Each CORBA object in DIET is reachable through omniORB using a TCP
port and the hostname of the machine on which it is executed. By
default these parameters are fixed automatically by omniORB but it is
also possible to choose them statically using the DIET configuration
When two objects are located on different networks that are reachable
only through ssh, it is easy to open an ssh tunnel to redirect the
communications between them on the good port and host. Then, correcting
the objects bindings into the omniNames servers is sufficient to ensure
the communications between the different objects. To allow two
CORBA objects to communicate through an ssh tunnel, users must:
- Start the process which declares the objects and register them
into the omniNames server(s).
- Open ssh tunnels that redirect the local objects ports to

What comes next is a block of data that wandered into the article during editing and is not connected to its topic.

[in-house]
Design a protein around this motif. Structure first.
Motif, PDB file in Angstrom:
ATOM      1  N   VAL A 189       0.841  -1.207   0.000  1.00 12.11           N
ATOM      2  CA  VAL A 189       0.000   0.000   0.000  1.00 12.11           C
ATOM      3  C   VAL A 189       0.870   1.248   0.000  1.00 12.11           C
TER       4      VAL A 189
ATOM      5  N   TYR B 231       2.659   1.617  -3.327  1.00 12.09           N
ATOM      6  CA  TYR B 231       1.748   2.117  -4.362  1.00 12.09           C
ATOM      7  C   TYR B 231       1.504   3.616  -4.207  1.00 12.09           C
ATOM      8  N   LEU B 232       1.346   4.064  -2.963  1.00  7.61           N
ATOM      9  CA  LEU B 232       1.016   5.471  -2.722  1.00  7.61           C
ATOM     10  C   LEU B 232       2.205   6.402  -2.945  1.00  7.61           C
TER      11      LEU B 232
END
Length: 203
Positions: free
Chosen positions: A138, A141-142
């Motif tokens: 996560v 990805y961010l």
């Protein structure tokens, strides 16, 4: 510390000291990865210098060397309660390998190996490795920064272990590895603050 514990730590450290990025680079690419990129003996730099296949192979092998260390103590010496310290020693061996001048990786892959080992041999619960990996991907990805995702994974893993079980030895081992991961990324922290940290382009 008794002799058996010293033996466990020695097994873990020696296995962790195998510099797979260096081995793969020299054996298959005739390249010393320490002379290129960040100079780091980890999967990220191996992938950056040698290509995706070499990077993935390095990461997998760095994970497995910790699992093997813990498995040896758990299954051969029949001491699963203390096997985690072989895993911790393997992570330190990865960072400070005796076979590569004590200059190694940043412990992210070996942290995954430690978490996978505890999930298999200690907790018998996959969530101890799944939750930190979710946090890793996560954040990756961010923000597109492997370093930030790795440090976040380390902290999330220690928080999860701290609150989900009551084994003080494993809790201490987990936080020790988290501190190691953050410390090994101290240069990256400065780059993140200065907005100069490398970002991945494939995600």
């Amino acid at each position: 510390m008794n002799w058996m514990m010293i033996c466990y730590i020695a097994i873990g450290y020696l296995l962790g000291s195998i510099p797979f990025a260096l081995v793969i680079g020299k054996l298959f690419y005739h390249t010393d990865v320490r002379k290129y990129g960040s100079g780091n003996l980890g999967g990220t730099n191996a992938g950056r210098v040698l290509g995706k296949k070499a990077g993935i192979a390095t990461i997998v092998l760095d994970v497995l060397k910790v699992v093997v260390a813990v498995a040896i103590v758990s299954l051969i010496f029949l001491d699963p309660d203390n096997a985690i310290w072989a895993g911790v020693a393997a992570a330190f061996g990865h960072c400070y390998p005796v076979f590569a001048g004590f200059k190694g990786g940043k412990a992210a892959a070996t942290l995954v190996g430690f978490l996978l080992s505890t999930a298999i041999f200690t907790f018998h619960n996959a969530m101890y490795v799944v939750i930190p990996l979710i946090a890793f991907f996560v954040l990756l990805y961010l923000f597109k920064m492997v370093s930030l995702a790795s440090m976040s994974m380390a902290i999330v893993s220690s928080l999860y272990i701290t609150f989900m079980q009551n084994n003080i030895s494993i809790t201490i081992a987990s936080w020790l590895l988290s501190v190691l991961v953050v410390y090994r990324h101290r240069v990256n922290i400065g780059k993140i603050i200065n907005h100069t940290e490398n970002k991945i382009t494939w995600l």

- Modify the objects bindings in the omniNames server(s) to make
them point to the forwarded ports.
When using few objects that do not need much interaction, these steps
can easily be done “manually”. But DIET uses several different
objects for each element and is designed to manage thousands of nodes.
Moreover, creating an ssh tunnel between all the nodes of a Grid
cannot even be considered.
The DIET forwarders deal with this problem by creating proxy
objects that forward the communications to a peer forwarder through
a unique ssh tunnel. Then, only one ssh tunnel is created to connect
two different networks. This system also allows users to define complex
communications routing. Figure 18.1 shows how the DIET
forwarders work to route communications through ssh tunnels. Moreover
most of the configuration of the forwarders automatically can be set
by DIET itself.
Forwarders routing DIET communication through ssh tunnels
The DIET Team - Mer 29 nov 2017 15:13:36 EST